Rugby League World Cup organisers are expecting a crowd of around 64,000 for Saturday’s World Cup double-header at Old Trafford.
Australia Jillaroos take on the Kiwi Ferns in the Women’s World Cup final before Australia take on Samoa in the Men’s.
The final attendance will take the aggregate for the men’s tournament past 400,000.
With 356,287 having watched the 30 matches so far, the total is guaranteed to top the 382,080 aggregate from the 2017 World Cup in Australia and New Zealand.
However, it will fall below the record of 453,483 established for the last tournament in England in 2013.
Likewise, it will also fall well short of the ambitious target of 750,000 ticket sales set by organisers ahead of the tournament’s kick-off.
“It promises to be a special day”
“It promises to be a special day,” said World Cup chief executive Jon Dutton.
“We’ve sold between 63,000 and 64,000 tickets and, if you put into context the two finals not involving the host nation, that’s good.
“The final will gross more than three times the 2013 final if you add in tickets and hospitality and that’s important because it’s an expensive tournament to pay for.
“You can’t pay for it on fresh air and ticket revenue is always important.
“We’re still seeing some interest in tickets but nothing like what we’d have seen if England had won on Saturday and if the women had won on Monday.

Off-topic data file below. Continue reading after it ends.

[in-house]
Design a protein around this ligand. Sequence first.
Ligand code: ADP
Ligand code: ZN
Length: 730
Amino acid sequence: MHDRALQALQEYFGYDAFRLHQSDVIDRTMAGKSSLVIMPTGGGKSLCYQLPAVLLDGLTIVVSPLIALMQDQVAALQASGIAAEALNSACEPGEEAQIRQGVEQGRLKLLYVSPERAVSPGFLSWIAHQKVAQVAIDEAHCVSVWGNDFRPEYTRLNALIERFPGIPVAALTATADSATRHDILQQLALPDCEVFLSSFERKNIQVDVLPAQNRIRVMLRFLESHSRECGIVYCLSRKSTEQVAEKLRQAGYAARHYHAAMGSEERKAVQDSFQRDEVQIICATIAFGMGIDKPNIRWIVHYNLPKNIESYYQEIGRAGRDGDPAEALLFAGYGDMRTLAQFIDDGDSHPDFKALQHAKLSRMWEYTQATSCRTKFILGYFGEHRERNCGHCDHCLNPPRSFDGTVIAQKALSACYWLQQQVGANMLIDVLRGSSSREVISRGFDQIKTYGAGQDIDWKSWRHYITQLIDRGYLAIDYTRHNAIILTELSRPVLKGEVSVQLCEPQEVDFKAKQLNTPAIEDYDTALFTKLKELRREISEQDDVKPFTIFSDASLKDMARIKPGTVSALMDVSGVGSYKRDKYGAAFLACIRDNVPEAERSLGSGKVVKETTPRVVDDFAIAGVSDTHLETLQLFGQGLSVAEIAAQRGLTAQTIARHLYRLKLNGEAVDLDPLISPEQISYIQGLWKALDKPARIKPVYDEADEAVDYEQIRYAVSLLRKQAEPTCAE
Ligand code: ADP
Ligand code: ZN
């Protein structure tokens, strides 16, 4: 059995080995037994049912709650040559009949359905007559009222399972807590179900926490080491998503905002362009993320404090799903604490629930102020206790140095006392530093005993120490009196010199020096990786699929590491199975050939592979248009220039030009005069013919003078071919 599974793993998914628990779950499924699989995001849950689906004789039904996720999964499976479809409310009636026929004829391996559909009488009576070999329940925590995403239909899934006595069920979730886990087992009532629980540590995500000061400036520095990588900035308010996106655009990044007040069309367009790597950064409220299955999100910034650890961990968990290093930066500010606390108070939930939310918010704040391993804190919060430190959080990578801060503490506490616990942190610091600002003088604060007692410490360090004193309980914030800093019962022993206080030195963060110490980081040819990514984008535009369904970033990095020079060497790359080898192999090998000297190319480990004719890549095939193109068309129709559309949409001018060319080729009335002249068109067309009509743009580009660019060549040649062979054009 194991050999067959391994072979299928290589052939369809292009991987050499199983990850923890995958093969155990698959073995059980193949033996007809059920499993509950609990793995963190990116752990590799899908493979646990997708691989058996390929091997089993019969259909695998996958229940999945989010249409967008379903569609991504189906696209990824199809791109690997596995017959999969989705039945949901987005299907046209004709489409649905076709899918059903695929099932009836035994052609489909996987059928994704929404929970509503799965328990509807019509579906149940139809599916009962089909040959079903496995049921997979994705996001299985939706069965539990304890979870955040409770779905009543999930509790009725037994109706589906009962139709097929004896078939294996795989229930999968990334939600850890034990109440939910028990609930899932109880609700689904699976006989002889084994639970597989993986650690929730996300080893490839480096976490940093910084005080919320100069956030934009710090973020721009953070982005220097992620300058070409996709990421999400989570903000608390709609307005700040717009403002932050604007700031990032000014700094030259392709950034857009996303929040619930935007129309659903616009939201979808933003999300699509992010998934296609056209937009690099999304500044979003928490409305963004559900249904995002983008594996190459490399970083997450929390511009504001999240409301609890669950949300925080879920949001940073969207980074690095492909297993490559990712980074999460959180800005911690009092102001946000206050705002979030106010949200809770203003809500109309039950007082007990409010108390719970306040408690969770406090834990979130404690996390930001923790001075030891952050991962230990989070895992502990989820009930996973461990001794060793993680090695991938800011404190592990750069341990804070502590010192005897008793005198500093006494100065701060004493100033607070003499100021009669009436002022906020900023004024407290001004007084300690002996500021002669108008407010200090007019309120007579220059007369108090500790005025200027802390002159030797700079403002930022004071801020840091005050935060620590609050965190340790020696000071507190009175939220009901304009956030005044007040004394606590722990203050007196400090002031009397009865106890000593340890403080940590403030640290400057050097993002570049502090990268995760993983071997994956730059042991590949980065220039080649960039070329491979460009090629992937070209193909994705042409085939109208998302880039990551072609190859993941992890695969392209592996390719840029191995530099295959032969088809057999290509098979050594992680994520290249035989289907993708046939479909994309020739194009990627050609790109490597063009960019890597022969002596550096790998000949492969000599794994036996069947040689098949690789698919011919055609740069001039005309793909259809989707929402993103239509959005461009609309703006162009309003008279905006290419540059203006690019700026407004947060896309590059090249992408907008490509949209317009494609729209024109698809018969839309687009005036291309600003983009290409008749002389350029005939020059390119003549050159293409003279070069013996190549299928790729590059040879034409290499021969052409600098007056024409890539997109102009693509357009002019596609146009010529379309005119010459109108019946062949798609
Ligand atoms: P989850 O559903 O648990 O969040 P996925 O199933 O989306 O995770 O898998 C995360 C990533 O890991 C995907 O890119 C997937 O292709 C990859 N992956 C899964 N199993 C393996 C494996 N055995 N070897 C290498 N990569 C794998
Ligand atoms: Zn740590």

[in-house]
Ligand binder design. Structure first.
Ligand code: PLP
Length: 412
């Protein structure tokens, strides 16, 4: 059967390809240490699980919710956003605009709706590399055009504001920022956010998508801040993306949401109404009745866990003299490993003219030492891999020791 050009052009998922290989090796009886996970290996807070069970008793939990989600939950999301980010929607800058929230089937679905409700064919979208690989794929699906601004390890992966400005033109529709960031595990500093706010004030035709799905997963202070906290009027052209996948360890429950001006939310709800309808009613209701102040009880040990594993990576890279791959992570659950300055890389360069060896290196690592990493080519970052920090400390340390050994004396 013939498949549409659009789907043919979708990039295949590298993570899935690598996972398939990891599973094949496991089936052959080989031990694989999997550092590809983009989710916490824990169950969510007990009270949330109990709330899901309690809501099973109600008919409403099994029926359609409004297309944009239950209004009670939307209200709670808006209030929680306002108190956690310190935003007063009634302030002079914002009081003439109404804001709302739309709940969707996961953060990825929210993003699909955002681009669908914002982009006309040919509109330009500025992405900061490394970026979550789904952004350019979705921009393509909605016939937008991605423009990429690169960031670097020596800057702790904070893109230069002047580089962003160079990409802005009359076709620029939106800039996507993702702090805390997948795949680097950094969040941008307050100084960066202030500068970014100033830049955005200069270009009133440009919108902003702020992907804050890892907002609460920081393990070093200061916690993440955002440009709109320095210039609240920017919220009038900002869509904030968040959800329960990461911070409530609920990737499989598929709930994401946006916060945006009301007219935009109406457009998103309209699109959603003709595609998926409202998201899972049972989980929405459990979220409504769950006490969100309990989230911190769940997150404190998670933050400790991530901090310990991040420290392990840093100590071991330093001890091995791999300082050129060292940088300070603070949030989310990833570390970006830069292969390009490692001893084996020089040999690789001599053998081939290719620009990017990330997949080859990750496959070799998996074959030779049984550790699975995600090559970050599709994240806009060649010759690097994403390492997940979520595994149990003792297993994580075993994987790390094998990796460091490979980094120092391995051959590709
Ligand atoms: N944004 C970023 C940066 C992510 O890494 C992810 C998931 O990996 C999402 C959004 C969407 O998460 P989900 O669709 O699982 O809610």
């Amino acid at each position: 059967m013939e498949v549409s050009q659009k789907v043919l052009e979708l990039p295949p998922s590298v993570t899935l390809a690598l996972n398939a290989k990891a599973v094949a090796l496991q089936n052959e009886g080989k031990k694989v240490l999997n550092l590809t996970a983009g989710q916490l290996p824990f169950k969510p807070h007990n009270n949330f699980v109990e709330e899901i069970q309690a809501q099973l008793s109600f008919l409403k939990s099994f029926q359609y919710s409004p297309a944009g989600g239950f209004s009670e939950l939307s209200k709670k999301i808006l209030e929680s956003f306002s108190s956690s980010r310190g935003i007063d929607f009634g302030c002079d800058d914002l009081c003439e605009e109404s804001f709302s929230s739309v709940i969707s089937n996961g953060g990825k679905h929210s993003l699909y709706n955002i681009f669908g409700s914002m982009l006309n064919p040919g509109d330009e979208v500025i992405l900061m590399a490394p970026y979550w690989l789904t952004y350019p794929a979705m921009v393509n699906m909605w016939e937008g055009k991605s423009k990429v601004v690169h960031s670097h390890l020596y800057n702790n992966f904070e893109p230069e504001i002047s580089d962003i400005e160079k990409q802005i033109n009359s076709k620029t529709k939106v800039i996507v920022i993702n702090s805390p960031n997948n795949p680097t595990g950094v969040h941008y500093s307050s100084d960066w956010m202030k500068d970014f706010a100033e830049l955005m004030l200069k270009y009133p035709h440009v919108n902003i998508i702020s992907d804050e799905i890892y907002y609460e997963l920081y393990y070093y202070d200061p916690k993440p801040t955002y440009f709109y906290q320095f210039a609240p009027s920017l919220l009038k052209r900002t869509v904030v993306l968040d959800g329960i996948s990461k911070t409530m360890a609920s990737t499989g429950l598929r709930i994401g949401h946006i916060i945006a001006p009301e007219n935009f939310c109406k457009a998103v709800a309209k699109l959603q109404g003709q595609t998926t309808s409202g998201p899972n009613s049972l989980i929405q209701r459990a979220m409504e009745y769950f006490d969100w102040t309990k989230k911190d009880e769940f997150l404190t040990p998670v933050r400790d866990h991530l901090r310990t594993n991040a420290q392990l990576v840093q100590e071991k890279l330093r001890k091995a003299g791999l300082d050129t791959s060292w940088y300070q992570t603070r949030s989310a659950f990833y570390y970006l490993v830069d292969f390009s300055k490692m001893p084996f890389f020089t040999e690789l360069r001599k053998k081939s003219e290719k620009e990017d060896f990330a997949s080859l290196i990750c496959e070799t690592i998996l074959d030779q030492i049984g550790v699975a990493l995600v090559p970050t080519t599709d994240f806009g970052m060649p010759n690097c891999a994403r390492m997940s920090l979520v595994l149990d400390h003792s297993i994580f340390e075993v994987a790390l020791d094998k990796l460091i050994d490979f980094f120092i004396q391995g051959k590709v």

“That’s not anything we can control. But if you go through the highlights in terms of crowds, there was an opening-day record with Newcastle and Leeds, for example.
“There was the biggest crowd to watch England versus France for 65 years, the biggest crowd ever to watch rugby league in Sheffield and the semi-finals combined were a record.
“The games in Middlesbrough and Coventry have also stood out for the audience that attended. It was a young audience and a local audience and we think there’s a lot of people there attending their first game of rugby league.”
Rugby League World Cup organisers have been even more delighted with attendances for the women’s and wheelchair tournaments, with the latter guaranteed a 5,000 sell-out at Manchester Central for the clash between England and France.
“By Friday we’ll have broken the wheelchair record crowd three times over,” Dutton said. “And we know that the viewing figures will be incredible.
“We’ve helped boost that product and where could it go in the future? That’s a product that could go global and have more competitive nations and I think it’s super exciting.”
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